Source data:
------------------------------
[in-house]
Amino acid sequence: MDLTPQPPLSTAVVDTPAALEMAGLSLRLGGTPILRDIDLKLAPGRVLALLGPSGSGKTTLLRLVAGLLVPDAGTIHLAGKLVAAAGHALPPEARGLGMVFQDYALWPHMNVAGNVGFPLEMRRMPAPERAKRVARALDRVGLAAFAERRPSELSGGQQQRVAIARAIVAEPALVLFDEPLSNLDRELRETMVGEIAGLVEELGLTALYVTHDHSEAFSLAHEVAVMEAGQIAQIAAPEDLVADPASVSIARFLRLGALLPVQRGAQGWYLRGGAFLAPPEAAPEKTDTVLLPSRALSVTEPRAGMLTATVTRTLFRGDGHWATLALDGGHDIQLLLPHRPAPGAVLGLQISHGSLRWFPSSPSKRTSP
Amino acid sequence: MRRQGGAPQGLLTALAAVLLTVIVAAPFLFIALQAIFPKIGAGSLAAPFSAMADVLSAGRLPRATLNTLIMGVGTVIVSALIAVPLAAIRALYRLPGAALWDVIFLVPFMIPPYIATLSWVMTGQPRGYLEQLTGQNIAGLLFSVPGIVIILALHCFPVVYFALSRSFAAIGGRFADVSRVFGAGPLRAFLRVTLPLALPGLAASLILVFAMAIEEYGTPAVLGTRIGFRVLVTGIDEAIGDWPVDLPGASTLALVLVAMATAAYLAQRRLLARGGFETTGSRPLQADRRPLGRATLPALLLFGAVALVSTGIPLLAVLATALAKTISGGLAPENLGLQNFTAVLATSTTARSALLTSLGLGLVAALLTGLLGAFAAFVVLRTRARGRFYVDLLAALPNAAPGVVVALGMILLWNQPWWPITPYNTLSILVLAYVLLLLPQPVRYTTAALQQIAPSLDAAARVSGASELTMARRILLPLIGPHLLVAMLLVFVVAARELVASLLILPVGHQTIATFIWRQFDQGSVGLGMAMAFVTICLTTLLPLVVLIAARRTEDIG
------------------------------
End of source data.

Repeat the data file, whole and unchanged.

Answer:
[in-house]
Amino acid sequence: MDLTPQPPLSTAVVDTPAALEMAGLSLRLGGTPILRDIDLKLAPGRVLALLGPSGSGKTTLLRLVAGLLVPDAGTIHLAGKLVAAAGHALPPEARGLGMVFQDYALWPHMNVAGNVGFPLEMRRMPAPERAKRVARALDRVGLAAFAERRPSELSGGQQQRVAIARAIVAEPALVLFDEPLSNLDRELRETMVGEIAGLVEELGLTALYVTHDHSEAFSLAHEVAVMEAGQIAQIAAPEDLVADPASVSIARFLRLGALLPVQRGAQGWYLRGGAFLAPPEAAPEKTDTVLLPSRALSVTEPRAGMLTATVTRTLFRGDGHWATLALDGGHDIQLLLPHRPAPGAVLGLQISHGSLRWFPSSPSKRTSP
Amino acid sequence: MRRQGGAPQGLLTALAAVLLTVIVAAPFLFIALQAIFPKIGAGSLAAPFSAMADVLSAGRLPRATLNTLIMGVGTVIVSALIAVPLAAIRALYRLPGAALWDVIFLVPFMIPPYIATLSWVMTGQPRGYLEQLTGQNIAGLLFSVPGIVIILALHCFPVVYFALSRSFAAIGGRFADVSRVFGAGPLRAFLRVTLPLALPGLAASLILVFAMAIEEYGTPAVLGTRIGFRVLVTGIDEAIGDWPVDLPGASTLALVLVAMATAAYLAQRRLLARGGFETTGSRPLQADRRPLGRATLPALLLFGAVALVSTGIPLLAVLATALAKTISGGLAPENLGLQNFTAVLATSTTARSALLTSLGLGLVAALLTGLLGAFAAFVVLRTRARGRFYVDLLAALPNAAPGVVVALGMILLWNQPWWPITPYNTLSILVLAYVLLLLPQPVRYTTAALQQIAPSLDAAARVSGASELTMARRILLPLIGPHLLVAMLLVFVVAARELVASLLILPVGHQTIATFIWRQFDQGSVGLGMAMAFVTICLTTLLPLVVLIAARRTEDIG